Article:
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Leaders often struggle to transition from doing to leading, which is a challenging shift. When you’re a new manager, you can still be praised for being hands-on and executing tactical tasks. However, as your responsibilities grow more complex, it becomes clear that there’s a significant difference between being an effective leader and an individual contributor with a leader’s title.
In the short term, you might have the energy to work longer hours and outperform the demands you face. But eventually, the combination of limited resources and increasing demands will catch up to you. At that point, your ability to involve others becomes the determining factor for your leadership impact. The more you empower collaborators to contribute their best work to shared priorities, the greater your potential becomes. Conversely, holding onto unnecessary initiatives only diminishes your power. If you develop delegation skills, you can become a leader in every sense of the word.
Top delegation strategies
#1 Eat the pie in small pieces
Effectively delegating work involves dividing the task or project into manageable chunks. This approach enables your subordinate to complete the task successfully and on time, without feeling overwhelmed. By breaking down the project or task into manageable segments, you can also simplify its management. This simplification facilitates efficient and effective delegation while minimizing the risk of mishaps. Additionally, tracking the progress of these smaller tasks becomes easier for you.
#2 Focus on what’s important
Spend less time worrying about what you can’t do and focus more on what you can. Replace “I can’t trust their ability to complete the task” with “My main objective is to uncover their innate talent.” Some individuals strive to reveal their superpower, but effective leaders strive to uncover yours. Outstanding developers believe in their team members more than the employees believe in themselves. You will never become a skilled delegator if you cling to the belief that no one can perform as well as you. Your new measure of success is not product development, but rather developing people. Choose to have faith in people and their potential.
#3 Provide reliable communication channels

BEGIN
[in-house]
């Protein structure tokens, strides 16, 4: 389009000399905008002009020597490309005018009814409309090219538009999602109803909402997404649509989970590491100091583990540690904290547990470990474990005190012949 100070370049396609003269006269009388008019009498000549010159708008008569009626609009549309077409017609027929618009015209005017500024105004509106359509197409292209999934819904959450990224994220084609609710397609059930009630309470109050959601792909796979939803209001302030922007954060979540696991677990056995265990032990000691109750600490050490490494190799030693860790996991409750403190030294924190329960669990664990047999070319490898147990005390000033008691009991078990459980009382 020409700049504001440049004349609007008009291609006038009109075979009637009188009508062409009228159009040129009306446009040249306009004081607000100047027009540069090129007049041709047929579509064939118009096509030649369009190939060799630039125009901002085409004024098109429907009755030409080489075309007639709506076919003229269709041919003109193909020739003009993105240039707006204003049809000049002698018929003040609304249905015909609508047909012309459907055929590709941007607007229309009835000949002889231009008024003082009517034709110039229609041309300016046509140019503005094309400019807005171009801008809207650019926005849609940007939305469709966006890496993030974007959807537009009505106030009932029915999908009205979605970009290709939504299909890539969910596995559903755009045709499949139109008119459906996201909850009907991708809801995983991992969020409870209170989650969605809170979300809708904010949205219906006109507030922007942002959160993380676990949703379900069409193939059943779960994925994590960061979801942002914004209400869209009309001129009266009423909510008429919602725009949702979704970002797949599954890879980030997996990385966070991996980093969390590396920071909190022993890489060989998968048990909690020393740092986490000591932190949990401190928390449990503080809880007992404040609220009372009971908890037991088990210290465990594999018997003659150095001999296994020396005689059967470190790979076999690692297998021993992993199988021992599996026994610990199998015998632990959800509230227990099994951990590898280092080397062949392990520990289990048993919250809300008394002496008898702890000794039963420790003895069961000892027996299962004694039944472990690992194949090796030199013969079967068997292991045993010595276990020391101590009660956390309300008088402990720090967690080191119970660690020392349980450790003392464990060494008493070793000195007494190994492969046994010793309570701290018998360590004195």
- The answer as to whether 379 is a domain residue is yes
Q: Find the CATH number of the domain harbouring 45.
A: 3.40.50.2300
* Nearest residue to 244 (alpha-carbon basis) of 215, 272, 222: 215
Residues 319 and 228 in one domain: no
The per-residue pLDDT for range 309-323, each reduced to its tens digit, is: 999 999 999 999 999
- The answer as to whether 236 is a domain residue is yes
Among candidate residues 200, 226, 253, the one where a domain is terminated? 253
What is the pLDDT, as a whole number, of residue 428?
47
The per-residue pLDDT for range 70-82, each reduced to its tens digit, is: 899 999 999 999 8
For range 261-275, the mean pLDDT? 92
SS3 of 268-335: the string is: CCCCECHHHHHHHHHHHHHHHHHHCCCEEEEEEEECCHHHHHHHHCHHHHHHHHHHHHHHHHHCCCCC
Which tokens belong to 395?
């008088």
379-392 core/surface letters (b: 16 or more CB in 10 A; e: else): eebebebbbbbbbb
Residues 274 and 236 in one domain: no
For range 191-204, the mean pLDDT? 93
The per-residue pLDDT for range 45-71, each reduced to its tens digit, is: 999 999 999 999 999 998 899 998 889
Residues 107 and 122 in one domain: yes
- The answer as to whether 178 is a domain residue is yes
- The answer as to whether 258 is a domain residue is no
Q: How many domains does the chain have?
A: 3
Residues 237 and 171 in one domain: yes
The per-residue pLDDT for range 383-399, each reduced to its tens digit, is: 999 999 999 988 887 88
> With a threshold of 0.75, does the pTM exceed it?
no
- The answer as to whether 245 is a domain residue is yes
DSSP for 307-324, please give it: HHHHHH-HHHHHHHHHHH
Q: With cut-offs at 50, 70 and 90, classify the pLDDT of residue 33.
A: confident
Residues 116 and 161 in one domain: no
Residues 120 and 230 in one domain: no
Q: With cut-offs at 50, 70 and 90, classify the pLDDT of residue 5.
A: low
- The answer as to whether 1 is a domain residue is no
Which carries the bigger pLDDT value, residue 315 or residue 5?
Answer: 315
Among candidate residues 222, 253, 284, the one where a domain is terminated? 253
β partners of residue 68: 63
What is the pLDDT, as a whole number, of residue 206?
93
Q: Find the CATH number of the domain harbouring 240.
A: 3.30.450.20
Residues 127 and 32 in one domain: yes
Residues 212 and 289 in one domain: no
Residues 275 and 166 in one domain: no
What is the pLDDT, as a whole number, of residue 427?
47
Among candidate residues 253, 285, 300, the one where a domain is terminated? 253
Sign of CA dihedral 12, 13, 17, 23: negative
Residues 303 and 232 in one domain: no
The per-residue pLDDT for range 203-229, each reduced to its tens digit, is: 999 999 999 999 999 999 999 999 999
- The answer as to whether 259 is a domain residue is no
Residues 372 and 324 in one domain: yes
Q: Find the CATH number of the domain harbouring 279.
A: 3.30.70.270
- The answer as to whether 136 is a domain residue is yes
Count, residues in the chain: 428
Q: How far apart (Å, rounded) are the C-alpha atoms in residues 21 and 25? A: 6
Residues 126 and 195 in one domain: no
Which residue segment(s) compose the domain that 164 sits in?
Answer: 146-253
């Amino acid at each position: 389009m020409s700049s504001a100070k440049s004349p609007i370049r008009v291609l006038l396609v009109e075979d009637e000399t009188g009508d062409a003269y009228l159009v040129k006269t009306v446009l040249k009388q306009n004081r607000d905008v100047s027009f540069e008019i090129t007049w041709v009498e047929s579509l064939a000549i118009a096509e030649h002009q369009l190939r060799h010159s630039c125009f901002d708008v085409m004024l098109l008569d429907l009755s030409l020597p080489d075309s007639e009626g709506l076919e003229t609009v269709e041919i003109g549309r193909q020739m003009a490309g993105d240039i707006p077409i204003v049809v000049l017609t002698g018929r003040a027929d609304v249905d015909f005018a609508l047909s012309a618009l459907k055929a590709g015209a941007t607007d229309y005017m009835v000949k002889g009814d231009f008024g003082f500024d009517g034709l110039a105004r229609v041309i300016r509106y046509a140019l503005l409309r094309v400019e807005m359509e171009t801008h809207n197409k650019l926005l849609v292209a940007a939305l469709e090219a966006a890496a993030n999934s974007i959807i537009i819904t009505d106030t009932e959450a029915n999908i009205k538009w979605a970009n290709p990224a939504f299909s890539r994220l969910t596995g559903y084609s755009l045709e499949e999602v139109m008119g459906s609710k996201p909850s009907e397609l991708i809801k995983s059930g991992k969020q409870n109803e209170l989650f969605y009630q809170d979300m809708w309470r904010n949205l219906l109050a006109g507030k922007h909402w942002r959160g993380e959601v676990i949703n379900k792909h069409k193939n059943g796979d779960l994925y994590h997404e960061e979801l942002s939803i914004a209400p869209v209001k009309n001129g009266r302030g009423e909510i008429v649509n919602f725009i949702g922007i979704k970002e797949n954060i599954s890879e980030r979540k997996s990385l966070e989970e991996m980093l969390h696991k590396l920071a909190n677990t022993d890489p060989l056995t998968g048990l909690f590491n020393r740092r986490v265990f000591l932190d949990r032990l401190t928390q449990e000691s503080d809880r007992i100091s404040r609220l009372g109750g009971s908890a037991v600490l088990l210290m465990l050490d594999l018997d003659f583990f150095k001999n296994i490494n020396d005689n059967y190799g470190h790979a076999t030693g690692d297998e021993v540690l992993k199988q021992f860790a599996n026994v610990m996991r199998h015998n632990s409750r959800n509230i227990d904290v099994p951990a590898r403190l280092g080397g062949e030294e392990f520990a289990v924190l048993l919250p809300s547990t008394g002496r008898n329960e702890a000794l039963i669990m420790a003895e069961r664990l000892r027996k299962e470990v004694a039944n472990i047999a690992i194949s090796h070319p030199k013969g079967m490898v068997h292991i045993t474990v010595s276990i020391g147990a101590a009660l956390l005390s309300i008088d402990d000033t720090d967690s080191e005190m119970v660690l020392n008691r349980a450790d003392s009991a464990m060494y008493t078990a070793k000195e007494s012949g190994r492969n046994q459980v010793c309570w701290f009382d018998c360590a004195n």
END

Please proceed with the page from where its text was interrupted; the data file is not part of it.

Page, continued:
If you need people outside your staff to complete tasks, task management becomes an order of magnitude more difficult. Proper communication is important here, not only in terms of communication skills but also technology. For workflow optimization, you can use the fax app. You thought, can I send a fax from iPhone – am I right? Time management in leadership is as important as safety. Both requests may be closed by digital fax. It is secure, offers fax delivery reporting, delivers documents in seconds, and offers efficient digital document management.
#4 Be clear about your expectations
Effective delegation relies on clear and coherent communication. Managers must communicate the task, expectations, and timelines explicitly to ensure that the delegate comprehends the task and meets the established requirements. This approach fosters understanding and accountability, enabling team members to stay on track with their timelines and carry out tasks efficiently and promptly, thereby avoiding confusion or chaos.
#5 Ask, don’t order
Almost everyone is willing to lend a hand, but nobody likes being commanded. It’s important to have the humility to recognize delegation as a request for help! Seek advice. It never fails to be perceived (and genuinely is) as a compliment to their skills. It fosters engagement and conveys that their opinions are valued. Instead of saying, “You need to do this,” start with, “I’m facing challenges with this. What is your perspective on what we should do/can you assist with this?” I frequently coach leaders who struggle with delegation to simply reframe it as an opportunity for co-creation.
#6 Give challenges but also offer support.
Helping individuals discover their innate brilliance is a complex and nuanced endeavor. The true comprehension of this concept often emerges through the establishment of an encouraging environment that embraces failure. Exceptional leaders inspire their team members to approach challenges with enthusiasm rather than fear of failure. Consequently, they witness the remarkable capabilities that individuals possess. A proficient delegator empowers people to believe in their ability to expand their limits and tackle challenges. If you intend to provide your employees with a single opportunity devoid of room for growth, you should only anticipate reinforcing your belief that they are not up to the mark.
#7 Know where to say yes and where to say no
Being selective is both an art and a science. Successful investors don’t invest in every opportunity that comes their way, and we should apply the same discernment to our time. First, assess each demand carefully and align them with your highest-valued contributions, using your most proficient skills. For the requests that align with these talents, say yes and dedicate your time and attention. However, for those that don’t align, say yes conditionally, and promptly identify others who can accomplish the goals through their direct involvement.
You can still consult, motivate, and lead, but your role becomes the catalyst rather than the one doing all the work. This discerning approach may involve delegating tasks, negotiating a reduction in your direct contribution, or simply saying no while presenting a business case for why your effort and attention will have a greater impact elsewhere.
You won’t be a true leader unless you master the art of delegation. Yes, you know for sure that you will do this or that job better, faster, and more accurately. However, this way you don’t allow other team members to develop, and you get stuck in operational work. If you don’t break out of this daily rut, you won’t be able to progress with your business and team.